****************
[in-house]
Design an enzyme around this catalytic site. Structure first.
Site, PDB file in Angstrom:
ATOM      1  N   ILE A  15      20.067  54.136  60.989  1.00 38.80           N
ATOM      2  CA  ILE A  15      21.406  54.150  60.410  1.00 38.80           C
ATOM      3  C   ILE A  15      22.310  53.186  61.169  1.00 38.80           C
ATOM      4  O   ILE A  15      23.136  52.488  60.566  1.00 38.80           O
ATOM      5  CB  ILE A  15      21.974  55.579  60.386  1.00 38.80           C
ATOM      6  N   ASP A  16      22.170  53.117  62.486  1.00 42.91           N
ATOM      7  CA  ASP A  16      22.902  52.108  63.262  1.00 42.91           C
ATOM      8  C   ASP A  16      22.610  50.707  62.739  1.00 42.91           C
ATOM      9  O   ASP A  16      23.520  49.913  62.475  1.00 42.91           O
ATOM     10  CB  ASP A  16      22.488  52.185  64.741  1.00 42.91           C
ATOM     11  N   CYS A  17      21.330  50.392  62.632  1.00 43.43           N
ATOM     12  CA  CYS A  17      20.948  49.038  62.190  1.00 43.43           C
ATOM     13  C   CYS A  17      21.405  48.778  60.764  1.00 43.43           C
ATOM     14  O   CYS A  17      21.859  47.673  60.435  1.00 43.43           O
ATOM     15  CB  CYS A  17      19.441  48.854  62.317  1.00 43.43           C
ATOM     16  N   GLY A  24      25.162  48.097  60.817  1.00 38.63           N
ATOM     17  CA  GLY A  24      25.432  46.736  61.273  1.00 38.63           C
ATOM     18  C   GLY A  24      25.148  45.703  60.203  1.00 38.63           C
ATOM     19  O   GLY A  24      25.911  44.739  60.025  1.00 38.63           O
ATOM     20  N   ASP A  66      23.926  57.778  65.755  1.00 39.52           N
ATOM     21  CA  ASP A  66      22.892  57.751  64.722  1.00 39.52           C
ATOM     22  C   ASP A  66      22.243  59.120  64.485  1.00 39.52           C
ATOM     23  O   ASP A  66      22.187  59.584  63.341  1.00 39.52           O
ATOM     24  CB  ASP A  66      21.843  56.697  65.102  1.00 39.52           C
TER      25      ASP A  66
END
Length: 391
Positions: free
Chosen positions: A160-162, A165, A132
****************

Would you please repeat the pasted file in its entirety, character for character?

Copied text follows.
[in-house]
Design an enzyme around this catalytic site. Structure first.
Site, PDB file in Angstrom:
ATOM      1  N   ILE A  15      20.067  54.136  60.989  1.00 38.80           N
ATOM      2  CA  ILE A  15      21.406  54.150  60.410  1.00 38.80           C
ATOM      3  C   ILE A  15      22.310  53.186  61.169  1.00 38.80           C
ATOM      4  O   ILE A  15      23.136  52.488  60.566  1.00 38.80           O
ATOM      5  CB  ILE A  15      21.974  55.579  60.386  1.00 38.80           C
ATOM      6  N   ASP A  16      22.170  53.117  62.486  1.00 42.91           N
ATOM      7  CA  ASP A  16      22.902  52.108  63.262  1.00 42.91           C
ATOM      8  C   ASP A  16      22.610  50.707  62.739  1.00 42.91           C
ATOM      9  O   ASP A  16      23.520  49.913  62.475  1.00 42.91           O
ATOM     10  CB  ASP A  16      22.488  52.185  64.741  1.00 42.91           C
ATOM     11  N   CYS A  17      21.330  50.392  62.632  1.00 43.43           N
ATOM     12  CA  CYS A  17      20.948  49.038  62.190  1.00 43.43           C
ATOM     13  C   CYS A  17      21.405  48.778  60.764  1.00 43.43           C
ATOM     14  O   CYS A  17      21.859  47.673  60.435  1.00 43.43           O
ATOM     15  CB  CYS A  17      19.441  48.854  62.317  1.00 43.43           C
ATOM     16  N   GLY A  24      25.162  48.097  60.817  1.00 38.63           N
ATOM     17  CA  GLY A  24      25.432  46.736  61.273  1.00 38.63           C
ATOM     18  C   GLY A  24      25.148  45.703  60.203  1.00 38.63           C
ATOM     19  O   GLY A  24      25.911  44.739  60.025  1.00 38.63           O
ATOM     20  N   ASP A  66      23.926  57.778  65.755  1.00 39.52           N
ATOM     21  CA  ASP A  66      22.892  57.751  64.722  1.00 39.52           C
ATOM     22  C   ASP A  66      22.243  59.120  64.485  1.00 39.52           C
ATOM     23  O   ASP A  66      22.187  59.584  63.341  1.00 39.52           O
ATOM     24  CB  ASP A  66      21.843  56.697  65.102  1.00 39.52           C
TER      25      ASP A  66
END
Length: 391
Positions: free
Chosen positions: A160-162, A165, A132